Given that some outrage-stirring politicians have begun recounting details from action movies like "Sicario" as though they were hard facts, certain viewers may bristle at the very idea of the low-budget thriller "My Stretch of Texas Ground," which imagines a scenario where a terrorist cell sneaks an assassin across the Mexican border to take out a U.S. senator. But director Erich Kemp and screenwriter Ralph Cinque are surprisingly even-handed in their depiction of international crime and its consequences. By opening with multiple discussions of drone attacks and "enhanced interrogation," "My Stretch of Texas Ground" creates a context for its central stand-off, between a shrewd killer, Abdul (Junes Zahdi), and a wise small-town sheriff, Joe Haladin (Jeff Weber). If anything, the film's main problem is that it feels more like a debate than a cop picture, with too much of its leisurely running time set aside for airing different points of view, and too little for shootouts and chases. The other big stumbling block is that the production often borders on the amateurish, with weak acting, flat lighting and poor sound.
The finalists for the 2018 Nebula Awards, considered some of the most prestigious in science fiction and fantasy, were announced on Wednesday, with novelists Tomi Adeyemi and Justina Ireland, filmmaker Boots Riley and musician Janelle Monáe among the nominees. Adeyemi and Ireland were nominated in the young adult category, Adeyemi for "Children of Blood and Bone" and Ireland for "Dread Nation." Both books gained critical acclaim upon their release, and Adeyemi's book was the inaugural pick for Jimmy Fallon's "Tonight Show" book club. The two authors are joined in the category by Roshani Chokshi's "Aru Shah and the End of Time," A.K. DuBoff's "A Light in the Dark," Rachel Hartman's "Tess of the Road" and Henry Lien's "Peasprout Chen: Future Legend of Skate and Sword." Finalists in the novel category included Mary Robinette Kowal's "The Calculating Stars" and R.F.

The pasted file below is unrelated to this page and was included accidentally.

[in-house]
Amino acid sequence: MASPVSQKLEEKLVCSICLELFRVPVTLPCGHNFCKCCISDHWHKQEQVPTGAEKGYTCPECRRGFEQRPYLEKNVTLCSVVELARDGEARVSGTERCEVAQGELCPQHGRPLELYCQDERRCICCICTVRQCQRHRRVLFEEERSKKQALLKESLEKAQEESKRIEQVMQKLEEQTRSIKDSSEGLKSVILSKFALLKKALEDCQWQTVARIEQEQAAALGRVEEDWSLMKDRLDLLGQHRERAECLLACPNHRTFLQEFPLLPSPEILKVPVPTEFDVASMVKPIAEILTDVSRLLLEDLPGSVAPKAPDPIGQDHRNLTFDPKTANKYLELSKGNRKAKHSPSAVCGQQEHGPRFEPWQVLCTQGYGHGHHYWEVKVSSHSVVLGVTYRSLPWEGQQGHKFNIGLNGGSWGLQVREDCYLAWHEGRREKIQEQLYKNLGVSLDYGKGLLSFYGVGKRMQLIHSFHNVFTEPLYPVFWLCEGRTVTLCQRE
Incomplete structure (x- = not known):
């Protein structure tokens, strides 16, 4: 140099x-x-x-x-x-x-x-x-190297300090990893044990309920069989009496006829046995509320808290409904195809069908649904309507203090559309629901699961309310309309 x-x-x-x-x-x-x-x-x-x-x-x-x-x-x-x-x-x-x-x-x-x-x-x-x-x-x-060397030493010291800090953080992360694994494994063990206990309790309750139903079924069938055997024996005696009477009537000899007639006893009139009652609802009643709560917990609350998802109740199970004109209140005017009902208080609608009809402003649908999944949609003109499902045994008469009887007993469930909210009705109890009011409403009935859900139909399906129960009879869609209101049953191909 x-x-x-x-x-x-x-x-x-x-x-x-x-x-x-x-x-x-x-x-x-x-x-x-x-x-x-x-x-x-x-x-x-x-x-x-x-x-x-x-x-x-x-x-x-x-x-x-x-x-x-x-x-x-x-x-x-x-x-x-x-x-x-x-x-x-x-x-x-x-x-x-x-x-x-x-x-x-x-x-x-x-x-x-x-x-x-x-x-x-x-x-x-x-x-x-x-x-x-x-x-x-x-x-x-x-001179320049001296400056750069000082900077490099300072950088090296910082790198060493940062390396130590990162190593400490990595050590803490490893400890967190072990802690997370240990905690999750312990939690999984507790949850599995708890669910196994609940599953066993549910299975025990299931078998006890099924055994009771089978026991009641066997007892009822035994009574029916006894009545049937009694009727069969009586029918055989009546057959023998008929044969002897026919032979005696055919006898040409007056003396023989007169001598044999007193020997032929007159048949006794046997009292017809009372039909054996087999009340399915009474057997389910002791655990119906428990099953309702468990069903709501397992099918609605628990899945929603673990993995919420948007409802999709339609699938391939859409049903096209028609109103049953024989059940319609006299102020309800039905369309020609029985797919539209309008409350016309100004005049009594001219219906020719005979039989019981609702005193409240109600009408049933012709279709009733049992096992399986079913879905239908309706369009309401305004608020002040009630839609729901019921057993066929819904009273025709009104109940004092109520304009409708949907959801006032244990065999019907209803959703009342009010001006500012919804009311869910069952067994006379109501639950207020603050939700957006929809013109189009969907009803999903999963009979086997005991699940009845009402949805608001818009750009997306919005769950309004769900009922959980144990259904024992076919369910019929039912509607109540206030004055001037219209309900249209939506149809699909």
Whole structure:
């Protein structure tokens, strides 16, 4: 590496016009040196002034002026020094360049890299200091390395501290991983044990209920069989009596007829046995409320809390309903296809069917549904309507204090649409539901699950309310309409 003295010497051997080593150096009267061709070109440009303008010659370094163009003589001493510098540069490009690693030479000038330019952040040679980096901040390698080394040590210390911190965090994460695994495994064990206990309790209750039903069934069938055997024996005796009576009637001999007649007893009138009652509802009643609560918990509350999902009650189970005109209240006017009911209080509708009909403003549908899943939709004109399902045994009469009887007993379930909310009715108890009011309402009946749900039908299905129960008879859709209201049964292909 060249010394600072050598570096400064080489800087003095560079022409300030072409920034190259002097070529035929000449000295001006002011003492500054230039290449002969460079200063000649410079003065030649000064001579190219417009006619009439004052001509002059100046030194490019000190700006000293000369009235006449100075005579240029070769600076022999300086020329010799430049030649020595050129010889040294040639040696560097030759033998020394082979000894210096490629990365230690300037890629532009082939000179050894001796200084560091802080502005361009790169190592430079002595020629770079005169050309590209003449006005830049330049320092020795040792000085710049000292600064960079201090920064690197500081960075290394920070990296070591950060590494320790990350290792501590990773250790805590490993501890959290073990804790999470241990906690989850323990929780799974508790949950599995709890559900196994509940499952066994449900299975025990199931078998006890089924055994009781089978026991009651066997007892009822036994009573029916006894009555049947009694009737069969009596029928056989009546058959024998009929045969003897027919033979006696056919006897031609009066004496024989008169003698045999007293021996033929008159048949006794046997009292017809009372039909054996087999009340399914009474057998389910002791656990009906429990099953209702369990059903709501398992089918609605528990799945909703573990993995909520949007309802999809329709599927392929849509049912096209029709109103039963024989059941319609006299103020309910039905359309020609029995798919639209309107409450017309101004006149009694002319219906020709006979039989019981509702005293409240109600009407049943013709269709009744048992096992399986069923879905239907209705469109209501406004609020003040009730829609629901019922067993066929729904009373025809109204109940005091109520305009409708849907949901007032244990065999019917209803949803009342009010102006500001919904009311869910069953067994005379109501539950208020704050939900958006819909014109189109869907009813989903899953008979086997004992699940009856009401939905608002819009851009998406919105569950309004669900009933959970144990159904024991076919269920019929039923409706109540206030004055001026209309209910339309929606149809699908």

Armani Beauty unveiled its first dedicated pop-up in West Hollywood earlier this month, celebrating its unveiling with a roster of celebrities, including Dakota Fanning and Katherine Schwarzenegger, and a handful of product exclusives. The all-red 2,000-square-foot Armani Box is so far the only place in the U.S. to have the brand's new Power Fabric High Coverage Stretchable Concealer and the Foundation Balm, which will roll out nationally in March. Also, there's a vending machine on hand that delivers take-home samples as well as other technology such as mirrors that show the shopper what a particular lip color will look like on the person. Tim Quinn, Giorgio Armani Beauty celebrity makeup artist, said the Melrose Place location was "an iconic spot for someone to discover" and that although the offering was "soup to nuts, skin care through fragrance," the pop-up has a focused and curated feel. "The brand is known for foundation," said Quinn, adding that he often recommends his clients have three different foundations -- one each for weekends, evenings and workdays.